What is an IUCD?
An IUCD is a small, “T-shaped” contraceptive device which is placed in a woman’s uterus (womb). It is also known as the IUD, loop or copper coil. IUCDs are made of flexible plastic with a coating of thin copper wire. It has one or two soft threads on the end. These thin threads hang through the opening at the entrance of the womb (cervix) into the top of the vagina.
How does it work?
An IUCD works by stopping sperm reaching an egg. It does this by preventing sperm from surviving in the cervix, uterus or fallopian tube. It may also work by stopping a fertilised egg from implanting in the uterus. An IUCD does not cause an abortion.
How effective is it?
There are different types of IUCDs – newer IUCDs contain more copper and are the most effective. They are more than 99% effective. This means less than one woman in every 100 women who use the IUCD will get pregnant in a year. Older IUCDs have less copper and are less effective. The IUCD is a long-acting reversible contraceptive. All long-acting methods are very effective because while they are being used you do not have to remember to take or use contraception.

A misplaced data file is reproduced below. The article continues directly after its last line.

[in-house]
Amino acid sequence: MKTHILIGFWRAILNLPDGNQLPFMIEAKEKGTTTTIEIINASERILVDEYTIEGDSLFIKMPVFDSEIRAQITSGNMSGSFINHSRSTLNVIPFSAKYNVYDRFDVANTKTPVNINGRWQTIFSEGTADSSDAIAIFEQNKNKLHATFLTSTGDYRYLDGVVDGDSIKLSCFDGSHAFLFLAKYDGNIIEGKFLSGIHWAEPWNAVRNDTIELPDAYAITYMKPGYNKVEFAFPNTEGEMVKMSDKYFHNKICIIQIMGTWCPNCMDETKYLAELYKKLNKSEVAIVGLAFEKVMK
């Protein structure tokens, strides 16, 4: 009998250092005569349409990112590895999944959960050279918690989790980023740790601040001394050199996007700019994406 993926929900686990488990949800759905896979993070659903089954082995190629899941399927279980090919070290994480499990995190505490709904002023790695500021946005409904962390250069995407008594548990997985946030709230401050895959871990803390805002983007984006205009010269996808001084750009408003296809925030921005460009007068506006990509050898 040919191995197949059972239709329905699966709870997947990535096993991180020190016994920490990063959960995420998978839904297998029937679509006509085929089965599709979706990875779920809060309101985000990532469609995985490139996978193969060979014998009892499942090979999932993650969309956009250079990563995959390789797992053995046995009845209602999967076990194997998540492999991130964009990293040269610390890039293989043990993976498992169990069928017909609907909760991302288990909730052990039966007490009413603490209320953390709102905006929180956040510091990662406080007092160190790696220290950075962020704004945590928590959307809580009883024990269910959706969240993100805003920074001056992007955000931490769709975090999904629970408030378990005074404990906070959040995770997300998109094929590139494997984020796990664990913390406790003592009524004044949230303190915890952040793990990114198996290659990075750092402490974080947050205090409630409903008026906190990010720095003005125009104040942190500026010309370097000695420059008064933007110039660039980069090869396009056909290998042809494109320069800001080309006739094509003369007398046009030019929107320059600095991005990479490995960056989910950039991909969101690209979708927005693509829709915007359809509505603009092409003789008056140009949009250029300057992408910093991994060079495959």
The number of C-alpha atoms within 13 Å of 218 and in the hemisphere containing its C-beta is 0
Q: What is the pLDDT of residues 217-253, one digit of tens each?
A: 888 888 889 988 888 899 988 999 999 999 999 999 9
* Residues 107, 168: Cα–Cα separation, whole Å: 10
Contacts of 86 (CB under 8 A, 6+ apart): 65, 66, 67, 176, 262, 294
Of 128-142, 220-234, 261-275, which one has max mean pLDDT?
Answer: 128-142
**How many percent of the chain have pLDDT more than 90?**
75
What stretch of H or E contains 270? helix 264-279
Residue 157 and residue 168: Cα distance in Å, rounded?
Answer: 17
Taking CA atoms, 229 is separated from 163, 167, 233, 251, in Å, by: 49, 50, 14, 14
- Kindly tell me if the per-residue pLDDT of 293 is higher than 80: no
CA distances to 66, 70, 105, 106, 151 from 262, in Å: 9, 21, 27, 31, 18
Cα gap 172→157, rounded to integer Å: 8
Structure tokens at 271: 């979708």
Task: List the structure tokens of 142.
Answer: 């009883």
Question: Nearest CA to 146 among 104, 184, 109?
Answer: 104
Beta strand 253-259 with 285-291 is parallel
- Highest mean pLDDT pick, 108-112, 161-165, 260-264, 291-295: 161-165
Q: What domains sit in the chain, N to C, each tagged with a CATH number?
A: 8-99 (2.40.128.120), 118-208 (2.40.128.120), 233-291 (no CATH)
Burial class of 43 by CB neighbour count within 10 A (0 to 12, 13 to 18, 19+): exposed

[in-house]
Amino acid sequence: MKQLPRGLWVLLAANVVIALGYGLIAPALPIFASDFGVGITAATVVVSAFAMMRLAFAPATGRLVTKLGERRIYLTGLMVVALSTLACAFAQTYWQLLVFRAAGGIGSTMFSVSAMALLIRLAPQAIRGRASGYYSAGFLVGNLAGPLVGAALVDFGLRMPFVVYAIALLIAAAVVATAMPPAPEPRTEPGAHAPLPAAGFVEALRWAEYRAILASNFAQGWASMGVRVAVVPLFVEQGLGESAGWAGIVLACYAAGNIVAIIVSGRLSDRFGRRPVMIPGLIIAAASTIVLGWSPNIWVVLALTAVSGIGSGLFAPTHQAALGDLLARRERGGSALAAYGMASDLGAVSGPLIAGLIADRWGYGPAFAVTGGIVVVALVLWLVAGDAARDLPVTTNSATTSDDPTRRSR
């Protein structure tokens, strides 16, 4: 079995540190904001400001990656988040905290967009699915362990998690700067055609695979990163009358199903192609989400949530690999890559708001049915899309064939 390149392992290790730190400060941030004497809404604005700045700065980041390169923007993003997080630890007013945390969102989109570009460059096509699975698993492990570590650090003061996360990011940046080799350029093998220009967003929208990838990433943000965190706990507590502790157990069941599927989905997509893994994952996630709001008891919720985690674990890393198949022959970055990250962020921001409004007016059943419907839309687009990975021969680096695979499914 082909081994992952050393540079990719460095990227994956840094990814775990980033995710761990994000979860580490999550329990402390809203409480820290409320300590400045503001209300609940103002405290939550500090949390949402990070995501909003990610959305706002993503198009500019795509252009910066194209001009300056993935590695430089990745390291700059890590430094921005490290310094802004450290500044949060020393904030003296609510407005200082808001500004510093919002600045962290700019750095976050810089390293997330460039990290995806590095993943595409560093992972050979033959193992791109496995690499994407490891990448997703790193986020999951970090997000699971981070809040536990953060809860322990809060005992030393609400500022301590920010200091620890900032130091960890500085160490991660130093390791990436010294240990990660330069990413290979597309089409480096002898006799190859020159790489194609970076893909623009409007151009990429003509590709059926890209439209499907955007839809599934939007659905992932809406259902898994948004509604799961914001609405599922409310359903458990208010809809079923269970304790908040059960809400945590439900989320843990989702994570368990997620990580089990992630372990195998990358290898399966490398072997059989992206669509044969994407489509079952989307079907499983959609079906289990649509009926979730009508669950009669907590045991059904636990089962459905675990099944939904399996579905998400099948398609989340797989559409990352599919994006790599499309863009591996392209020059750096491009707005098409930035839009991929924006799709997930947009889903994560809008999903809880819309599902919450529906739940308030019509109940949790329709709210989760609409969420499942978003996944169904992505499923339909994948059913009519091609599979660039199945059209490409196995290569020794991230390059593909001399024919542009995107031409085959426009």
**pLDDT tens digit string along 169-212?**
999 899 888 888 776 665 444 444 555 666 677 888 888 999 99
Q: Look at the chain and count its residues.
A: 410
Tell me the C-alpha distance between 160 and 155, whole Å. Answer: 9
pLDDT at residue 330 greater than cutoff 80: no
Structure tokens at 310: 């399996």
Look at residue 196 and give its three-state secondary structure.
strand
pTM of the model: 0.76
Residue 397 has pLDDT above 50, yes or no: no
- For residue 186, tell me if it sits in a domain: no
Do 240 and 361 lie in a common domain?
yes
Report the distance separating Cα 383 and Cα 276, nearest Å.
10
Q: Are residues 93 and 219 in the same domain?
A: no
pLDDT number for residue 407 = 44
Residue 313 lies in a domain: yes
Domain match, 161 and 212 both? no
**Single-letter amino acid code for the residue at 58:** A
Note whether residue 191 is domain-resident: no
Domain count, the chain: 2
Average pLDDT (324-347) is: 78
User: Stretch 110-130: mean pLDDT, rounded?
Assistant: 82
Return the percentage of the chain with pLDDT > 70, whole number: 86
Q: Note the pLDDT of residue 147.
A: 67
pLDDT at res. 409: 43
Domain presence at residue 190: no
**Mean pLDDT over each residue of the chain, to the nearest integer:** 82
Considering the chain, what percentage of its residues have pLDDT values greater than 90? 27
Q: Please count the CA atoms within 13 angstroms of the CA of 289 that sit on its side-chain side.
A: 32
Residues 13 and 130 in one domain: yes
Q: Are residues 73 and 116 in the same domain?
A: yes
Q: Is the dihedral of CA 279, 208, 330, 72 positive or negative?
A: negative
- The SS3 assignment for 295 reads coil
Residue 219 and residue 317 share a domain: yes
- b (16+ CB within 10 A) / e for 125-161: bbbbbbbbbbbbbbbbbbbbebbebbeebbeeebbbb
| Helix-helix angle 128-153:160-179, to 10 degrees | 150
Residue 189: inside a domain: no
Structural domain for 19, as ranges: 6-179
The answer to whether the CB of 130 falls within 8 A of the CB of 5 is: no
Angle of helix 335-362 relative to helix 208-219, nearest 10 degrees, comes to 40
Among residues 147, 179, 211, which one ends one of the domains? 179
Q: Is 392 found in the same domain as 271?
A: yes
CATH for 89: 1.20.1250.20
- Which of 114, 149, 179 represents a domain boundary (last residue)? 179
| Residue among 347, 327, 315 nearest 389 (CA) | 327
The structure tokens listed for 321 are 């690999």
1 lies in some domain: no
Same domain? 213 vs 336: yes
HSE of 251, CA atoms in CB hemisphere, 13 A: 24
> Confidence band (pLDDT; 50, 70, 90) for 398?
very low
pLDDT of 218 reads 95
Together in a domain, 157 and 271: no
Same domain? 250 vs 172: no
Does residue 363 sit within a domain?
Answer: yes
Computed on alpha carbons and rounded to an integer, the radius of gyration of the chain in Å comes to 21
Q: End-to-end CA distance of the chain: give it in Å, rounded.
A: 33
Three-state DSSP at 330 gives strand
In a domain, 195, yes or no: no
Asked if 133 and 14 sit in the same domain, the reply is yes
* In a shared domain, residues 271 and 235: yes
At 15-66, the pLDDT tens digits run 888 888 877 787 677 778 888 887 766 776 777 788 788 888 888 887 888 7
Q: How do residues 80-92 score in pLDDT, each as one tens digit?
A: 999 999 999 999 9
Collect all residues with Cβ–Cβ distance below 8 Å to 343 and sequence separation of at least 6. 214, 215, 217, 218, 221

Where do you get an IUCD?
When and how is it fitted?
An IUCD can be fitted at any time in your menstrual cycle if it is certain you are not pregnant. This means you must have been using a reliable method of contraception for at least 3 weeks before the insertion. This can be arranged at the first visit. An internal examination is carried out before the IUCD is inserted. The insertion visit takes approx 15-20 minutes. Insertion can be uncomfortable or painful for some women. Some women experience a period-type pain and light bleeding for a few days afterwards. Painkillers are provided for this.
How often do I need to see the doctor?
You should have a check-up 4 to 6 weeks after insertion. After this, if you have no problems and check threads monthly, you do not need routine visits. You should contact your doctor or family planning clinic if you have any concerns such as; pain in the pelvic area, unusual vaginal discharge, irregular or heavy bleeding, missed or light period, suspect pregnancy, feel you may have contracted an STI or you wish to have the IUCD removed.